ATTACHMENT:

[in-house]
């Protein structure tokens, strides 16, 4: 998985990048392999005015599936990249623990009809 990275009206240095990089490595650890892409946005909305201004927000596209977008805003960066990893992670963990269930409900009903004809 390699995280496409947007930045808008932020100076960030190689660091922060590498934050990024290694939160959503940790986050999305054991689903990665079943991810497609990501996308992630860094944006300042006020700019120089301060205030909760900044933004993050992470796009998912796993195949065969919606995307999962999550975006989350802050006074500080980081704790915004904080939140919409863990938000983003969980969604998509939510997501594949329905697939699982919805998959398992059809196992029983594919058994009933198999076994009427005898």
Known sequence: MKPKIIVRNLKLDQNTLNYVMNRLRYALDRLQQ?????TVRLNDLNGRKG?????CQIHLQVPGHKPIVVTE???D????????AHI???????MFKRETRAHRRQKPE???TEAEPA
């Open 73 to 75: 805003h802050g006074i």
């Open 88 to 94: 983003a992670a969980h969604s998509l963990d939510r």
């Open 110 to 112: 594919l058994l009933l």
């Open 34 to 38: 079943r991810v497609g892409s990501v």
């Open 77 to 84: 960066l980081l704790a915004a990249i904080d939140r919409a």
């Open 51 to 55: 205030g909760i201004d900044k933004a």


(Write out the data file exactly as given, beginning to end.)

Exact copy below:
[in-house]
């Protein structure tokens, strides 16, 4: 998985990048392999005015599936990249623990009809 990275009206240095990089490595650890892409946005909305201004927000596209977008805003960066990893992670963990269930409900009903004809 390699995280496409947007930045808008932020100076960030190689660091922060590498934050990024290694939160959503940790986050999305054991689903990665079943991810497609990501996308992630860094944006300042006020700019120089301060205030909760900044933004993050992470796009998912796993195949065969919606995307999962999550975006989350802050006074500080980081704790915004904080939140919409863990938000983003969980969604998509939510997501594949329905697939699982919805998959398992059809196992029983594919058994009933198999076994009427005898």
Known sequence: MKPKIIVRNLKLDQNTLNYVMNRLRYALDRLQQ?????TVRLNDLNGRKG?????CQIHLQVPGHKPIVVTE???D????????AHI???????MFKRETRAHRRQKPE???TEAEPA
């Open 73 to 75: 805003h802050g006074i």
């Open 88 to 94: 983003a992670a969980h969604s998509l963990d939510r």
């Open 110 to 112: 594919l058994l009933l």
């Open 34 to 38: 079943r991810v497609g892409s990501v």
């Open 77 to 84: 960066l980081l704790a915004a990249i904080d939140r919409a």
């Open 51 to 55: 205030g909760i201004d900044k933004a």